Executing acquisitions without a dedicated function is highly inefficient and would often result in failed deals. Why? Because when a company purely relies on inbound opportunities, they would not get the best deals possible. To be good at M&A, a company needs experience and consistency. This blog will discuss starting up your corporate development function featuring Veena Ramaswamy, Head of Corporate Development at Lemonade.
"Getting a deal done is not always the best thing for the business." - Veena Ramaswamy
According to Veena, there are three ways M&A could grow a company.
As soon as leaders realize they want to leverage acquisitions as a valuable tool for their growth, they must start formalizing and creating a corporate development function.
The most significant benefit of standing up a function is that it allows a company to be more proactive about opportunities rather than reactive, resulting in better deals.
Another benefit is that transactions will be executed better. No one understands the business more than the internal people, who are motivated to grow the company rather than get a deal done.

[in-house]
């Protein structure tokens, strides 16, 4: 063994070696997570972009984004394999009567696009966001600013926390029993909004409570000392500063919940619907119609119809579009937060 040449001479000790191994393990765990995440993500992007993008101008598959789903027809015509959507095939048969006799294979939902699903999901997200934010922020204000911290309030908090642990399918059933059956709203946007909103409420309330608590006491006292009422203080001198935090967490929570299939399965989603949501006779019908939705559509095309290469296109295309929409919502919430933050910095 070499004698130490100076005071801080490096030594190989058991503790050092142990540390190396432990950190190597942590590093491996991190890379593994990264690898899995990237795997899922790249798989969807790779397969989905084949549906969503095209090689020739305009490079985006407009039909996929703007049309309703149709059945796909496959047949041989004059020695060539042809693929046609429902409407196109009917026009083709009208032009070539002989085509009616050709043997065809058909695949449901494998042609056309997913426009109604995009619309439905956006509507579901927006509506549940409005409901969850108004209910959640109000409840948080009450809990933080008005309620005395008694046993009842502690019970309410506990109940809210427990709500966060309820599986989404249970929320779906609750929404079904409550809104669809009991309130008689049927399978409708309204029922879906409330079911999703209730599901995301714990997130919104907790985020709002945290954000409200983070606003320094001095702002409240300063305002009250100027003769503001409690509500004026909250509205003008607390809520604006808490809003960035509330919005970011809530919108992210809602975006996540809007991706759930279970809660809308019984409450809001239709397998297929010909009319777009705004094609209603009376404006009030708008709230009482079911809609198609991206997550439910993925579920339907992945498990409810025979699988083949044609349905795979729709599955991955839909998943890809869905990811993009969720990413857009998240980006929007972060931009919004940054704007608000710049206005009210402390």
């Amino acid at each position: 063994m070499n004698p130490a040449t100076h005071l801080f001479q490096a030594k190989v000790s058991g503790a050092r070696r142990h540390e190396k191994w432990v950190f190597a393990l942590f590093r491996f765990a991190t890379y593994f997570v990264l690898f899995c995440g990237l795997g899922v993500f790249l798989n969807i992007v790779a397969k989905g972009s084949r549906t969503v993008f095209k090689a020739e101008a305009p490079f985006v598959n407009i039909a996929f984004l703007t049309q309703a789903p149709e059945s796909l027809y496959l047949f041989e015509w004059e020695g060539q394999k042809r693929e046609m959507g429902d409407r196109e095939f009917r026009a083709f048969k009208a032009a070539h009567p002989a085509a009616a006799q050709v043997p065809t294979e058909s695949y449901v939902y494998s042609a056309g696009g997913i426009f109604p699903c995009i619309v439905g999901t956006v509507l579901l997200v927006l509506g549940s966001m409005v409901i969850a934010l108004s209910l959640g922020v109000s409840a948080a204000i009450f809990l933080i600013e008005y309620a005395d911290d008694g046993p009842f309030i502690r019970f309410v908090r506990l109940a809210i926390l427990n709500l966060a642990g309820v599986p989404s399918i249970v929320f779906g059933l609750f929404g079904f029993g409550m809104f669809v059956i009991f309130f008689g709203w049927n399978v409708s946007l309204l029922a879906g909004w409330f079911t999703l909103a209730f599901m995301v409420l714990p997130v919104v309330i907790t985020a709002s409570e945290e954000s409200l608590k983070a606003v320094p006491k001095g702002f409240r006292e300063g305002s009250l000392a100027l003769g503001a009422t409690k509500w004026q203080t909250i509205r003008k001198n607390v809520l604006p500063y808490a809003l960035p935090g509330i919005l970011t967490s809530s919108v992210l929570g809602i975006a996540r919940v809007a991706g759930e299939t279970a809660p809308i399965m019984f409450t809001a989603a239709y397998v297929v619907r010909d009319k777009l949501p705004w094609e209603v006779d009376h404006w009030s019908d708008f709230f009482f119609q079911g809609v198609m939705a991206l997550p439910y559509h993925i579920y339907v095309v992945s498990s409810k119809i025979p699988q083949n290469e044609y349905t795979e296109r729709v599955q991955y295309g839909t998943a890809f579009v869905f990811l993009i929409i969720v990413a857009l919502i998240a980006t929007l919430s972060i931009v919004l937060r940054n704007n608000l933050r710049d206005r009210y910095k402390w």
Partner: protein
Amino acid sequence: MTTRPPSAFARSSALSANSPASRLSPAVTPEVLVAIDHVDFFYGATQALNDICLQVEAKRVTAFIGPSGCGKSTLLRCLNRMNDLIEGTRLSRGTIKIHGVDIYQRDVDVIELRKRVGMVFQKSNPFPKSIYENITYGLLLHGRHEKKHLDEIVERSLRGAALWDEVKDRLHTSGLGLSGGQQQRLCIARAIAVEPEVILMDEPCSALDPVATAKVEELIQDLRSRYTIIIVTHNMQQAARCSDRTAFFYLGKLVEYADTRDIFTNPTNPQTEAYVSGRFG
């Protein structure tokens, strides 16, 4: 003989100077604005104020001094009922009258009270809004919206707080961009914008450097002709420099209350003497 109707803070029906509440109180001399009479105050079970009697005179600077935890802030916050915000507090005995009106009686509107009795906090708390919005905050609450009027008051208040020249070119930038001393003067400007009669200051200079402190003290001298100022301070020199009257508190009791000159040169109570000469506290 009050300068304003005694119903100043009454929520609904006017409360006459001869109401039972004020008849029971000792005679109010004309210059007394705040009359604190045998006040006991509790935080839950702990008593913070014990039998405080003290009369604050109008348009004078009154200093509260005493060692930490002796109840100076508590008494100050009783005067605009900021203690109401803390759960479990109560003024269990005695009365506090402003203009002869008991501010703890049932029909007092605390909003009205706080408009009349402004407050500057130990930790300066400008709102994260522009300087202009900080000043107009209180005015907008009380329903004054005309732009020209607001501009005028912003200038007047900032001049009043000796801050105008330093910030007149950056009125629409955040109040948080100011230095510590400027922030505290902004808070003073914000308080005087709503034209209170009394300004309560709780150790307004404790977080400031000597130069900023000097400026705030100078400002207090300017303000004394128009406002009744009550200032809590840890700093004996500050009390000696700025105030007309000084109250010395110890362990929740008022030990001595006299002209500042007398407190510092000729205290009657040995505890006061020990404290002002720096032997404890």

1. Get to know the business well - Engage with the executive team, business leaders, and functional leaders to understand:
There are no dumb questions. Be curious enough to ask as many questions as possible to understand how the company works.
2. Establish the process - This is critical for folks without M&A experience. Put in a single-page document the actual steps to get a deal done. Keep it high-level, as there are no hard rules regarding the exact process because every deal differs.
It's also vital to educate people on corporate development and its role in the company's growth. Share that through a town hall or lunch, so everyone knows the function, the process, and the criteria.
When it comes to maturing the function and its people, nothing beats experience. Just continue doing deals, and people will learn over time.
3. Become an information hub - Gather as much information as possible regarding relevant industry. It can be through newsletters, reports, conferences, or one-on-one conversations with various stakeholders. Also, share information pertinent to the team.
4. Alignment with stakeholders - Everyone must understand that not every opportunity is a deal. Conversely, when a deal pushes through, everyone has to own it. The worst thing that could happen is for executives to start pointing fingers when the deal is not doing very well.
Get alignment early and do it in a group setting. Let people hear others' doubts and concerns, so everyone can respond or react to them.
Through years of experience, Veena has three important lessons learned that she would like to impart to everyone: